Do you remember playing with drippy, flowey, transparent watercolor paint when you were a kid?
Watercolors are funny paints, they’re these little rock solid pans of pigment all lined up in a box. They don’t look like much at first.
But once you swab those little pots with your big, wet, soppy paintbrush, the whole game changes. The colors float and slide and ooze around the page. They look so ethereal and even improvisational. It’s hard to control where the paint goes, but that’s part of the appeal.
Though honesty, it’s not much of an appeal to me, someone who has little natural ability to draw. Throw in a wet piece of paper and a drippy brush and things just go downhill from there.
I still love that softly shaded and blended look that watercolors have so over the years I’ve played around with (and had moderate success with) watercolor pencils, watercolor crayons, and even watercolor leaves (basically sheets of watercolor pigment you pick up with a damp brush). Though I’m far away from watercolor painting in the traditional sense, the effect is close enough for me.
But now I have a new watercolor tool in my paintbox and man oh man is it fantastic! And not a sloppy brush or dripping soggy paper to be found.
It’s an app called Waterlogue.
If you love the look of watercolor, you will absolutely love this app.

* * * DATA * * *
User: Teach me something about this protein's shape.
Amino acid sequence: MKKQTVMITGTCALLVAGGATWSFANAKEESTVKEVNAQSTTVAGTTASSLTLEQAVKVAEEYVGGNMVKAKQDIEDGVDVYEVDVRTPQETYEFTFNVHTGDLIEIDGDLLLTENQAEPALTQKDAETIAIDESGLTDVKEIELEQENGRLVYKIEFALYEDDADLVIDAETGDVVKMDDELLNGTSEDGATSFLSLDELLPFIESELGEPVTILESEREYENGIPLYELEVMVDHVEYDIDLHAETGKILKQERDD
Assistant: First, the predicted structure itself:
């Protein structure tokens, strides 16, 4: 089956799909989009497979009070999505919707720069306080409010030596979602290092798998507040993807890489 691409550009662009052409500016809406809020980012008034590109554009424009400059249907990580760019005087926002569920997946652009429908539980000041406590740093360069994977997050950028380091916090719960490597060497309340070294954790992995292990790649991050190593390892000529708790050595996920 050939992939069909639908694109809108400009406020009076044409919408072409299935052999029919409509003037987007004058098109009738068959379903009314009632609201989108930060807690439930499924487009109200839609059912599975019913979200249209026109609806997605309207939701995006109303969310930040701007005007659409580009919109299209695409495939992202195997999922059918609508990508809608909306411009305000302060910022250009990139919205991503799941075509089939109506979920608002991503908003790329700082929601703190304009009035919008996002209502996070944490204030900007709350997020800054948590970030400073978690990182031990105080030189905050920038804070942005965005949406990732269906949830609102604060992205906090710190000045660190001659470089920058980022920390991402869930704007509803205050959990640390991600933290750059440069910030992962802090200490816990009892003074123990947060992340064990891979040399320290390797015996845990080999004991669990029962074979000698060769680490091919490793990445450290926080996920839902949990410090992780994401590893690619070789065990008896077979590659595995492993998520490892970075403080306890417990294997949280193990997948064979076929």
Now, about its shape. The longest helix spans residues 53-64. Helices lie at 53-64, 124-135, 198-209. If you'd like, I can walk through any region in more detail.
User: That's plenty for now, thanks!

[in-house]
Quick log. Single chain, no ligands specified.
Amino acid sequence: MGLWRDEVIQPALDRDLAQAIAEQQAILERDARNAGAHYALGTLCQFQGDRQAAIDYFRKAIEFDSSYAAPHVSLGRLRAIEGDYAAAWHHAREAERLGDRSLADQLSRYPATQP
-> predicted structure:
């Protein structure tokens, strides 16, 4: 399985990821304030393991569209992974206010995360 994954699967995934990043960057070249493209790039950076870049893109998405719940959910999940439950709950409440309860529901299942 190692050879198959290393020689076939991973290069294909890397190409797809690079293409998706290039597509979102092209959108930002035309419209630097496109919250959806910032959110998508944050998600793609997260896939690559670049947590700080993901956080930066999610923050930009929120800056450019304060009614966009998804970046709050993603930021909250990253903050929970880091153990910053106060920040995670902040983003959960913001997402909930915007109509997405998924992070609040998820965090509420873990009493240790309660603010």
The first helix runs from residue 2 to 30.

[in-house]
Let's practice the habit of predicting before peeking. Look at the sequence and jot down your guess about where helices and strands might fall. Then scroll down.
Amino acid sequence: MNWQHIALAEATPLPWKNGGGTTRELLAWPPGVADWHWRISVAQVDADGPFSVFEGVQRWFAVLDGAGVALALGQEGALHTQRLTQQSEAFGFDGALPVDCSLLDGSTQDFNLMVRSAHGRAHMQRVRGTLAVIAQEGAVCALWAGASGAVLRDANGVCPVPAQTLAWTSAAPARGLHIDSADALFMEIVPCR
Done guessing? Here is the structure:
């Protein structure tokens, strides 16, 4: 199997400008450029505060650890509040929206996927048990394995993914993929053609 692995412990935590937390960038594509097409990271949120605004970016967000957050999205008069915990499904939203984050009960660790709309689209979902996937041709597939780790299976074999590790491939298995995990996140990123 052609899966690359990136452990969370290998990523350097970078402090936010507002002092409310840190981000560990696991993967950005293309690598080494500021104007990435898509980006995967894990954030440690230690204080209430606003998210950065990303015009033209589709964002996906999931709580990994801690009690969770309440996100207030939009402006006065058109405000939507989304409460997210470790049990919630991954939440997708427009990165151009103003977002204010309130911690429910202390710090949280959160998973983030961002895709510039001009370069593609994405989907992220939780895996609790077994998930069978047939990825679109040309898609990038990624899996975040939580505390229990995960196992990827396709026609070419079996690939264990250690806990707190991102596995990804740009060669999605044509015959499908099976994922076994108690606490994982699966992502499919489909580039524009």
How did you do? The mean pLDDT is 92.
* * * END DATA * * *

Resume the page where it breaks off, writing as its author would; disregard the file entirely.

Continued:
(and I swear this is a totally objective recommendation, I don’t get any kind of incentive or kickback or anything from it, I just love it and have so much fun with it and want to let you know)
Here’s an example of a before-and-after photo transformation. The original photo here is completely unedited – it’s straight out of my iPad camera (kind of dark and ugly, nothing really special about this photo except our sweet cat who rarely poses for pictures):
After opening the Waterlogue app, I pull in the photo from my camera roll and the app gets to work. That’s when the magic happens right before your eyes.
You’ll see the screen turn to a white canvas, then a pencil drawing of your photo appears bit by bit. Once the picture is sketched, it starts to paint (and they make it look oh-so easy!), and it finishes with this:
Really neat, huh?
Once the initial paining is finished, you can apply different effects to the image, much like Instagram or other photo editing programs. Here are a variety of effects I’ve used on different photos. All of the original photos are unedited (so they're far from stellar, but I wanted to show you what you can start with and still have remarkable results), followed by the Waterlogue version:
Hard to beat that effect, don’t you think? It makes watercoloring look easy without a single drip or smudge!
The Waterlogue App is available through the App Store and is compatible with the iPhone, iPad, or iPod Touch.